On 22 August 2015 the Canon EOS 5d turned ten years old – my own 5d turned 10 last week. Now they reckon dog years are seven for every human year. In terms of digital photography I reckon ten years equates to over a hundred human years as technology has advanced so fast. Despite that the original 5d, or if you want to really annoy the anally retentive Canon fan bois over on the DPReview forums the 5d Classic, is still more than a capable camera, in fact I would go onto say that if you don’t shoot video and don’t print any larger than A3+ you don’t need anything else. If all you do is post shots on Flickr and Facebook then I would say you’re over gunned and look for a Canon EOS 300d! Why was it so special – well it was the first “affordable” dSLR with a 35mm sized sensor. That meant a lot back in 2005 because a lot photo enthusiasts and pros had cut their teeth shooting 35mm film and had got used to a certain look with particular focal lengths. The advent of the cropped sized sensor (APS-C for Canon and DX for Nikon) meant that we couldn’t just look at a scene and say that calls for a 85mm lens, or a 24mm lens. No we had all these funny focal lengths and the other annoying thing was the camera and lens manufacturers didn’t populate their lens line ups with high quality cropped factor lenses – a fact that is still true today. So when the 5d was announced I thought at last I can get my favourite focal lengths back. I literally ran to my then favourite retailer PRA and placed my order. Since then my 5d has been in constant use, there are some 14,000 images in my Lightroom catalogue taken with that camera and it hasn’t missed a beat. It still gets used on a regular basis because those 12.8 Mp render an image beautifully. Many of the cameras detractors said that it had an atrocious auto focus system but I never had any problems with mine.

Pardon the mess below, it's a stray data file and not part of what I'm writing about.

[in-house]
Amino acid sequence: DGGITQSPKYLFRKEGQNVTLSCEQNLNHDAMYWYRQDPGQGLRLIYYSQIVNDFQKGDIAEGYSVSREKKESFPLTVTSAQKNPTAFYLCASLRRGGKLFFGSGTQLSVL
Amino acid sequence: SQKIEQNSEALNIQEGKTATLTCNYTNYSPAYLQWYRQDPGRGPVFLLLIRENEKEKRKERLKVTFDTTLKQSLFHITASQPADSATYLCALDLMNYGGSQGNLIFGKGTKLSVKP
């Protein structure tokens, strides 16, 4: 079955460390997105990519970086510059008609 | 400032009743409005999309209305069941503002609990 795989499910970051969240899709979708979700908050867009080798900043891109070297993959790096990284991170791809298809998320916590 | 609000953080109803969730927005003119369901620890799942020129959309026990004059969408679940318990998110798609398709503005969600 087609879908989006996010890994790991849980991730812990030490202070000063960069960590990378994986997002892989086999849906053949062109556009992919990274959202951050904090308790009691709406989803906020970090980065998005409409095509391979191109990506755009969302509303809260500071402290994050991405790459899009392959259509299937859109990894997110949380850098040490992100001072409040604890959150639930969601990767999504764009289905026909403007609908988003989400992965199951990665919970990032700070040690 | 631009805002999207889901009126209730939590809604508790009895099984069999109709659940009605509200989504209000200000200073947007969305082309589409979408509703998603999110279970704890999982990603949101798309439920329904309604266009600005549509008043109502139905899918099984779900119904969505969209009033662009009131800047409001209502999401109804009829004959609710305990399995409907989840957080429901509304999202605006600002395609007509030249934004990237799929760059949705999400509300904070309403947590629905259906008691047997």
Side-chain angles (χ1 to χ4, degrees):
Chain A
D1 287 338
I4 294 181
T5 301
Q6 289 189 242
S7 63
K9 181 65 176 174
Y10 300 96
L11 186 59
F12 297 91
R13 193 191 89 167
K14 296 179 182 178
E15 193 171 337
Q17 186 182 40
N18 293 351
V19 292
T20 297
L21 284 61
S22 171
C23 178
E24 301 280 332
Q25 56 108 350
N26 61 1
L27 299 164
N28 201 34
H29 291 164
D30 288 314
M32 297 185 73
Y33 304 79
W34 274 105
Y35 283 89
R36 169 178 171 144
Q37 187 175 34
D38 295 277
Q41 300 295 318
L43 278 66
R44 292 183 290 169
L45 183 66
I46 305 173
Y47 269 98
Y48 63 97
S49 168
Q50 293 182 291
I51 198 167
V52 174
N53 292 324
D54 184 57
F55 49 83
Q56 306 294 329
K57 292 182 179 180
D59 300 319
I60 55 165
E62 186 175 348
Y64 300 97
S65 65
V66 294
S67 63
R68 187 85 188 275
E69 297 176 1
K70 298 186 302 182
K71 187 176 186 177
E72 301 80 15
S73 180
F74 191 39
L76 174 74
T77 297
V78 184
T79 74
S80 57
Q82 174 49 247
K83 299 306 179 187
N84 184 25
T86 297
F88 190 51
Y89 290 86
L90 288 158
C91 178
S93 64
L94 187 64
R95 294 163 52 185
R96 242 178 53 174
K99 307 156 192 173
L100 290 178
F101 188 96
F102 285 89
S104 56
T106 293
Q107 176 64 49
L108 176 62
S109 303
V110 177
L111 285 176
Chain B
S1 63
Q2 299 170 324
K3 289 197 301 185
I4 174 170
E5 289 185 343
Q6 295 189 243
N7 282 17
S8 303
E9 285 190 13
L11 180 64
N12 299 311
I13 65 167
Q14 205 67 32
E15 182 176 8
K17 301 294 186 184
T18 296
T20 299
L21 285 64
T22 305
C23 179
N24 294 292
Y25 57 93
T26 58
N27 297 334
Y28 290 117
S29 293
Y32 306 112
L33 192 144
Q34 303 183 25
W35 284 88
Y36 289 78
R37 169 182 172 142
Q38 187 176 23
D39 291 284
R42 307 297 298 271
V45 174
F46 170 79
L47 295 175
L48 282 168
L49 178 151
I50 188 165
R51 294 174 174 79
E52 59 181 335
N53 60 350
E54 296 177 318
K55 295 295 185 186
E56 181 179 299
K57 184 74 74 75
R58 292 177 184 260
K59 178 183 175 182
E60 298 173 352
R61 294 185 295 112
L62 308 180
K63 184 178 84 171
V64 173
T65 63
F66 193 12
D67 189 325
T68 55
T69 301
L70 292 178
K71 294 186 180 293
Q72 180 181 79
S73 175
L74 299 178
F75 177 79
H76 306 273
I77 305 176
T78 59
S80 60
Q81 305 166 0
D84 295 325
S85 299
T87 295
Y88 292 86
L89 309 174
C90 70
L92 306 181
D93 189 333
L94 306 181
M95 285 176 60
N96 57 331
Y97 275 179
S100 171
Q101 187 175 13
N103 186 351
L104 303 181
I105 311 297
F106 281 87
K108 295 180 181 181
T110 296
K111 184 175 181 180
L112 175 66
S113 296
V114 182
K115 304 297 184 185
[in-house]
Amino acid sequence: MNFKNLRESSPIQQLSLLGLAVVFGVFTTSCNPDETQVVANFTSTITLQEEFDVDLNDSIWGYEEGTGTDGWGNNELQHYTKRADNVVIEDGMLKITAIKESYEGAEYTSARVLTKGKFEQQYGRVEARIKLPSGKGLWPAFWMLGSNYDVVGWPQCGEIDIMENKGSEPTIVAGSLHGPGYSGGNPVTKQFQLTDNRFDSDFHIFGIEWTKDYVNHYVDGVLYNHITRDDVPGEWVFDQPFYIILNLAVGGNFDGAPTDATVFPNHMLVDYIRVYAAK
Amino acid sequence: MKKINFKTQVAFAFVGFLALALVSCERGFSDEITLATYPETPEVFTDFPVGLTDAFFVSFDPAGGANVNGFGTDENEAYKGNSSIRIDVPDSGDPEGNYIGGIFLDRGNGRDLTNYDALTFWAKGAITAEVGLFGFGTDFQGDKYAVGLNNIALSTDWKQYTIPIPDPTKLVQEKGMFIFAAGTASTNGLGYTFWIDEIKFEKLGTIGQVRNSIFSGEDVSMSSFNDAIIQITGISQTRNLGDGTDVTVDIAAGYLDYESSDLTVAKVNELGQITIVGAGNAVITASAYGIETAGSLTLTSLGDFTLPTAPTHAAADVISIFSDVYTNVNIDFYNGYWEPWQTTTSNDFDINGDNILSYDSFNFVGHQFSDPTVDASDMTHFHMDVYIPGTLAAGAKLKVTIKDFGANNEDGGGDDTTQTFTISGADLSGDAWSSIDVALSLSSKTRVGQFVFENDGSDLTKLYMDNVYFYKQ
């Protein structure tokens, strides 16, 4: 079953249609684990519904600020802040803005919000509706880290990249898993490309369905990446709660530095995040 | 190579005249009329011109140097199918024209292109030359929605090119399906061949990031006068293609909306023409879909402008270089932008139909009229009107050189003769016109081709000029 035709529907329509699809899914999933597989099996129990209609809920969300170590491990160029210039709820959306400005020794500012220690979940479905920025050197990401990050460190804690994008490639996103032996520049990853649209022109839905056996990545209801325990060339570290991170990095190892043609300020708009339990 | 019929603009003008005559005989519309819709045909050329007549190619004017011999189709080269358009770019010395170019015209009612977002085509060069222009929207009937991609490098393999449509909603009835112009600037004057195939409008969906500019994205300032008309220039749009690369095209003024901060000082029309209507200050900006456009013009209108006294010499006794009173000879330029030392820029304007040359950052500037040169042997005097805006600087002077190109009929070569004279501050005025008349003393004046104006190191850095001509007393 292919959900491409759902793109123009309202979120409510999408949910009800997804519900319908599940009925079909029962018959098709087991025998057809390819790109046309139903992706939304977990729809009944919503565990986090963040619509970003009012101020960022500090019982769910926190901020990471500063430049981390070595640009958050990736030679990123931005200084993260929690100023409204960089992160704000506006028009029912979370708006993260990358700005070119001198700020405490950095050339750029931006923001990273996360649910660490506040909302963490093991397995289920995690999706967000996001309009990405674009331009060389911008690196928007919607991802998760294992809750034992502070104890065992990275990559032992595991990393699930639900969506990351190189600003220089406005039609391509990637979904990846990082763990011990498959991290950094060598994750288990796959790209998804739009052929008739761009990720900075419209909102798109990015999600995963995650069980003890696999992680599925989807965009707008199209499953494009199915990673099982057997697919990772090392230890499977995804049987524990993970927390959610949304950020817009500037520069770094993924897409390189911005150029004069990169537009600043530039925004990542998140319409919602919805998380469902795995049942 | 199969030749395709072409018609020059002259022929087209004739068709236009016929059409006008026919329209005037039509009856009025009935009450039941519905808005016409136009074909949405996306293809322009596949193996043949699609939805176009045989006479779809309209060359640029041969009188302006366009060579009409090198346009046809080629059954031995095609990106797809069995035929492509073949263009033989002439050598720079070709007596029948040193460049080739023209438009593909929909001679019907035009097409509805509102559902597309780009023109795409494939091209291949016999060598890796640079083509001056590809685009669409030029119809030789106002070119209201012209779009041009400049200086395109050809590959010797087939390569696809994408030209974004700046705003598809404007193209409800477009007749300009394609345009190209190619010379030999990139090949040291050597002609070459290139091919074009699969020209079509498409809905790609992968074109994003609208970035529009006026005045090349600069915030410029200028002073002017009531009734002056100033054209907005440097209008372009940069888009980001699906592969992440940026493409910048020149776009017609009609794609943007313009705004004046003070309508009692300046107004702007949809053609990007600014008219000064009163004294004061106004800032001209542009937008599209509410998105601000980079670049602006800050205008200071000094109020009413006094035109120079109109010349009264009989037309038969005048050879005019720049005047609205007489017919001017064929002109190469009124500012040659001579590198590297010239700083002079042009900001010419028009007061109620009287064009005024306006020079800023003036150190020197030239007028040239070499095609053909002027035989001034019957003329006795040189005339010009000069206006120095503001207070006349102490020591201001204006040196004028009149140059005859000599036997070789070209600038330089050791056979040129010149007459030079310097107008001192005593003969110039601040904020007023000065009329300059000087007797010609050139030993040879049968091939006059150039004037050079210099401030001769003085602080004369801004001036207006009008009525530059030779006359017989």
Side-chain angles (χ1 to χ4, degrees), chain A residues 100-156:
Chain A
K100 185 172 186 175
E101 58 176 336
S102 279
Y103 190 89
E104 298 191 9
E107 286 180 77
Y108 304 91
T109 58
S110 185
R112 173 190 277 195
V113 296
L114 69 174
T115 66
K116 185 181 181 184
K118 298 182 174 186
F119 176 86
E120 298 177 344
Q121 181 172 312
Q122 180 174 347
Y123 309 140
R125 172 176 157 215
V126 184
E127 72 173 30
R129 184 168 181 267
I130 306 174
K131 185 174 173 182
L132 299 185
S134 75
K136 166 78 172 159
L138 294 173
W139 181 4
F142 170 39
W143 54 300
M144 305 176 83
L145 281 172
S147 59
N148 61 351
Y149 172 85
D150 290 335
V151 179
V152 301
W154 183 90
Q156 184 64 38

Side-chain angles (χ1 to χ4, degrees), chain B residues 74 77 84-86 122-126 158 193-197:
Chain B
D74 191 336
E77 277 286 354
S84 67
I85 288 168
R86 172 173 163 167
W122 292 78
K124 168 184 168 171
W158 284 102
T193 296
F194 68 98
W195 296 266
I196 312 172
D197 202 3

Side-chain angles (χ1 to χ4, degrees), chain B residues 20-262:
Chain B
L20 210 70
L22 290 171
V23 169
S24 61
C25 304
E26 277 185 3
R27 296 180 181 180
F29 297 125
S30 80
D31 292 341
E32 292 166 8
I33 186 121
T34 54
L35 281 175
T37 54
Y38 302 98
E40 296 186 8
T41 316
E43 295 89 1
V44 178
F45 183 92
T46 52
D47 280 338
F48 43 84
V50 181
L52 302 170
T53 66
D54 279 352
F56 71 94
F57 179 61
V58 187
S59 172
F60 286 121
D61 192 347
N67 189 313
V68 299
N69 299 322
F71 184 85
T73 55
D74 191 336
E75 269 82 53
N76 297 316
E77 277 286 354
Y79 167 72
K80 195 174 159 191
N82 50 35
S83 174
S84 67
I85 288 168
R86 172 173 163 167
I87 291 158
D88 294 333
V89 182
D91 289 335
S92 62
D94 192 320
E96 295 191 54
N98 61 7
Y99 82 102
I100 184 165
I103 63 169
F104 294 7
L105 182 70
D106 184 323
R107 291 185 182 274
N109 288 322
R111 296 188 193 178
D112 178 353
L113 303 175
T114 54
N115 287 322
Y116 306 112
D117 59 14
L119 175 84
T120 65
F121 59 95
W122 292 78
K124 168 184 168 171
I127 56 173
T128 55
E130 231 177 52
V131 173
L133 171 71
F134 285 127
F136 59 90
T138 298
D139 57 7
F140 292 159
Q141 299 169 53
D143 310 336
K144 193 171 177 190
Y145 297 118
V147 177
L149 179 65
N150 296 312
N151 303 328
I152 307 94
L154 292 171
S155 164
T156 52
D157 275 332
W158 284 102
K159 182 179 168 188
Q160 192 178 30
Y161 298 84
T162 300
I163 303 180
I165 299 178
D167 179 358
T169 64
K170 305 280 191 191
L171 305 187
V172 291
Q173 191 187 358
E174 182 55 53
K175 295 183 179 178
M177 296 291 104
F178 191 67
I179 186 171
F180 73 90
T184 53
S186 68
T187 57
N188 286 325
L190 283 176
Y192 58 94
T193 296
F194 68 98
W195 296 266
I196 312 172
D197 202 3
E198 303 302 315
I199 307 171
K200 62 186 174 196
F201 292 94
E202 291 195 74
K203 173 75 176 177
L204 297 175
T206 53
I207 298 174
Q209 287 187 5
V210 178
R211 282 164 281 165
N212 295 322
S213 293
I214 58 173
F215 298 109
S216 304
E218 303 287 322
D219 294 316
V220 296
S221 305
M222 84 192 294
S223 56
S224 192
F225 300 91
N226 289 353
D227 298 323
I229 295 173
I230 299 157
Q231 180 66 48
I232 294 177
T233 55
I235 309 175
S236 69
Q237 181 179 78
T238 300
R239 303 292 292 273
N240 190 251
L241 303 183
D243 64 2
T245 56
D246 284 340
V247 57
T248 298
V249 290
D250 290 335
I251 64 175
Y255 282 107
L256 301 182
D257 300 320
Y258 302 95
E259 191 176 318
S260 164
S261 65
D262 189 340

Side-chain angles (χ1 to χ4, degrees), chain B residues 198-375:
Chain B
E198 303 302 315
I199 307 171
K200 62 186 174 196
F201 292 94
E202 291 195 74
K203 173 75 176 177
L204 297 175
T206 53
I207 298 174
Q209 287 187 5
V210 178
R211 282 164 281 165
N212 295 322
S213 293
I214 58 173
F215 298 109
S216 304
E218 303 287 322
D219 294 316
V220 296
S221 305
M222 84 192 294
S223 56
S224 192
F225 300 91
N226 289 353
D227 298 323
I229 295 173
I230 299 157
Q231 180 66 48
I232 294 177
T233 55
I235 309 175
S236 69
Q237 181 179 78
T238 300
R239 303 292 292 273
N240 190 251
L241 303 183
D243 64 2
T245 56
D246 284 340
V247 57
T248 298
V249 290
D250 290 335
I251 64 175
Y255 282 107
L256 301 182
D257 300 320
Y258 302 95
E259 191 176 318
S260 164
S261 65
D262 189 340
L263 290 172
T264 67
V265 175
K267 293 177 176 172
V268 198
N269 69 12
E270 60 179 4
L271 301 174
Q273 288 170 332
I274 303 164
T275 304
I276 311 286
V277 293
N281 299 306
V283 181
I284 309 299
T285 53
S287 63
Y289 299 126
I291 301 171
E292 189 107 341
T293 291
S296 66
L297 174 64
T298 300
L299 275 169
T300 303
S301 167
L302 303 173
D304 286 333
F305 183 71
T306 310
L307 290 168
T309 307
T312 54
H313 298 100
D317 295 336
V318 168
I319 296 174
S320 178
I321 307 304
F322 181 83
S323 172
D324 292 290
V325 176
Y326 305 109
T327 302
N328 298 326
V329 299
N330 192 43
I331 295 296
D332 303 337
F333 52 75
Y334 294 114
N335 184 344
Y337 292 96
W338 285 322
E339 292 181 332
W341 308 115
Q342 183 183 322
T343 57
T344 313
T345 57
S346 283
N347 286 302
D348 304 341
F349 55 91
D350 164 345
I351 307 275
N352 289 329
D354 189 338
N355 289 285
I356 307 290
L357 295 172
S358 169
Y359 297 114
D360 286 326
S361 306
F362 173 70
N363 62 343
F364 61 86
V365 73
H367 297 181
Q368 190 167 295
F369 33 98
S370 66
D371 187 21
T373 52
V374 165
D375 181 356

A lot of people complain that Canon sensors are crippled when it comes to dynamic range, again it has never been something that has caused me any problems.
Long exposures such as the shot above and below didn’t cause any problems, just a little judicious use of noise reduction software in post.
As I said earlier I’m still happily using the camera after ten years and in that time quite a few other cameras have come and gone. I think the EOS5d deserves the appellation Classic because it helped a lot of photographers recover their preferred means of working with focal lengths, it quickly became a mainstay of a lot of working photographers, and it established the idea of the prosumer full frame sensor in camera market. Will it last another ten years? I don’t think so as a working camera. The problem is that the spares are no longer manufactured to keep the camera going. I’ll still continue to use mine until it fails but not as a mission critical camera.
As always clicking on an image will take you through to my online gallery.